The basics matter
Imagine two people a year out of college. Neither one has many business skills. They don’t know how to design, make, sell, or market products. They don’t know how successful companies operate, and barely understand how their new employer makes money.
Jeremy understands how to communicate, and he takes pride in everything that he does. When he writes an email home to his Dad, he proofs it before hitting “Send.” During his first months in the working world, he took pains to study the format of his company’s emails, reports, and promotions. He learned never to make a claim without citing facts to support that claim. He knows to use the fewest possible words while still justifying his opinions.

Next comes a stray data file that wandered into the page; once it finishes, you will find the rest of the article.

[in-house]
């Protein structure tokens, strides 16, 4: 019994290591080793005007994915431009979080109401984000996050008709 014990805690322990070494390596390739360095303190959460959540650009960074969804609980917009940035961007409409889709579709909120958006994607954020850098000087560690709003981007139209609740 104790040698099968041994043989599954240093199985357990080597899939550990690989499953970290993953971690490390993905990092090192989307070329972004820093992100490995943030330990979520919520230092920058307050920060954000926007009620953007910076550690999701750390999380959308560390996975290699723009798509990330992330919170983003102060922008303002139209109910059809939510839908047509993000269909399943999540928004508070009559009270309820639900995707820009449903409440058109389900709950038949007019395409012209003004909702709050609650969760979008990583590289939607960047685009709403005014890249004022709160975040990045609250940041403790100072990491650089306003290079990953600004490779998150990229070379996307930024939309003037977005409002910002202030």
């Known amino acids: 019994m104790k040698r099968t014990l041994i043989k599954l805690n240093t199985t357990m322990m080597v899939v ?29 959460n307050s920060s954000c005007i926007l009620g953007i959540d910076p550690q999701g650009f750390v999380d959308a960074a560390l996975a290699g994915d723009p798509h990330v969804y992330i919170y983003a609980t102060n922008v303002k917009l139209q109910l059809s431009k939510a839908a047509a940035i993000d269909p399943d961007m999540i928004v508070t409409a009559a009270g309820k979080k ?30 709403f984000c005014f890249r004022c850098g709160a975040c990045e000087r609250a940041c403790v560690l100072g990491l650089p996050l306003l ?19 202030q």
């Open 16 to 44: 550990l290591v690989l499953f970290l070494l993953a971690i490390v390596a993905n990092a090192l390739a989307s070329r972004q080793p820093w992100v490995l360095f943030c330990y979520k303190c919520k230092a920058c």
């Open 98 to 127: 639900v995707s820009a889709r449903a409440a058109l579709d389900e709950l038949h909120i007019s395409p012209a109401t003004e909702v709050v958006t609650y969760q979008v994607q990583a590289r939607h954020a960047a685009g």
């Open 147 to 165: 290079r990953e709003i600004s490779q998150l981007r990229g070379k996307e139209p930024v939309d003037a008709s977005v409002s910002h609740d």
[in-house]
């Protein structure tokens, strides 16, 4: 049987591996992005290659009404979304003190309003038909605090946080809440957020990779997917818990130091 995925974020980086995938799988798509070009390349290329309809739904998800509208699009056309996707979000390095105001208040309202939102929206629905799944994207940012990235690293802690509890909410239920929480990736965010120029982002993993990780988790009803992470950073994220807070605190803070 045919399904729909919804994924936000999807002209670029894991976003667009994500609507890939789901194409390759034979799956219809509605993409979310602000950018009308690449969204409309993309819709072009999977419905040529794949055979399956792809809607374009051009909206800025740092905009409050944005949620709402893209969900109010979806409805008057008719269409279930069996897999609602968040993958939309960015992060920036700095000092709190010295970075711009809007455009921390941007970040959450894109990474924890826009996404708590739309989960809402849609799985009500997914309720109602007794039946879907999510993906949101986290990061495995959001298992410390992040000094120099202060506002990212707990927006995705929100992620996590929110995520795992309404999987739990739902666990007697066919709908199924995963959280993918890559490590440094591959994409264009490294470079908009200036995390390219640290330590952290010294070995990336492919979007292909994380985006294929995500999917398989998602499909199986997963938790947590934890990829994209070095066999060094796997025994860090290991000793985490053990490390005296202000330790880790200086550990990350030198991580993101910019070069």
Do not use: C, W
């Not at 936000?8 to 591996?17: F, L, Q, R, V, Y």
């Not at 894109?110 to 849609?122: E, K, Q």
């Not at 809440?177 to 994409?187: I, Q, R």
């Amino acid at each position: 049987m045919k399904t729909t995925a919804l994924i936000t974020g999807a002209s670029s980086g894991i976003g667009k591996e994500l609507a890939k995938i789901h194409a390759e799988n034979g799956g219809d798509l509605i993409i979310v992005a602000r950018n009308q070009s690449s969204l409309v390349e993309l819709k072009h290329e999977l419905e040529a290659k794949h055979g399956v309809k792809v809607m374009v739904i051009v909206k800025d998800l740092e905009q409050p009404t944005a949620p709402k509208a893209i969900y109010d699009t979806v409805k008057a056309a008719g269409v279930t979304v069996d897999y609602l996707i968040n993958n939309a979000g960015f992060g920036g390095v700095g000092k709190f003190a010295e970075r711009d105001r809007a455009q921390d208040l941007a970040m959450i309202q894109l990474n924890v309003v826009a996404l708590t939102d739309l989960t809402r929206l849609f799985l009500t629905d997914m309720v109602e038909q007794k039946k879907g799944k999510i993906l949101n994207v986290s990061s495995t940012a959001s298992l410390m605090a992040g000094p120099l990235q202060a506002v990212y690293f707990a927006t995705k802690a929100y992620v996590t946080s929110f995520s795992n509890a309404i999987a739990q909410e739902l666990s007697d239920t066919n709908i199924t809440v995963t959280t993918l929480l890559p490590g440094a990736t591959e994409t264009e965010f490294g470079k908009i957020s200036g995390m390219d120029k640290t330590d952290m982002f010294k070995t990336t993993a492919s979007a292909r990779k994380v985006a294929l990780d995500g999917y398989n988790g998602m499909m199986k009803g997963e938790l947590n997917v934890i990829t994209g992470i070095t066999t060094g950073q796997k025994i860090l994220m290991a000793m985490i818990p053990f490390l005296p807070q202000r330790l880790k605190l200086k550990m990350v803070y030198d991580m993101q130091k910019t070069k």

Tony is smarter and more ambitious than Jeremy, and he is eager to demonstrate just how bright he is. At every possible moment, he speaks up in meetings and rushes off replies to the hundreds of emails that cross his desk. People are impressed by his raw intelligence, but he already has a reputation as being a bit of a hothead. 75% of the time, his perspective is right, but 25% of the time, he is dead wrong, and in a highly visible manner. His emails are riddled with typos and missing words.
Did I mention that Tony is smarter than Jeremy? It won’t matter. In six months, Tony will be looking for a job, and Jeremy will be enjoying his first promotion. Jeremy understands that he has to get the basics right before he can aspire to higher achievements.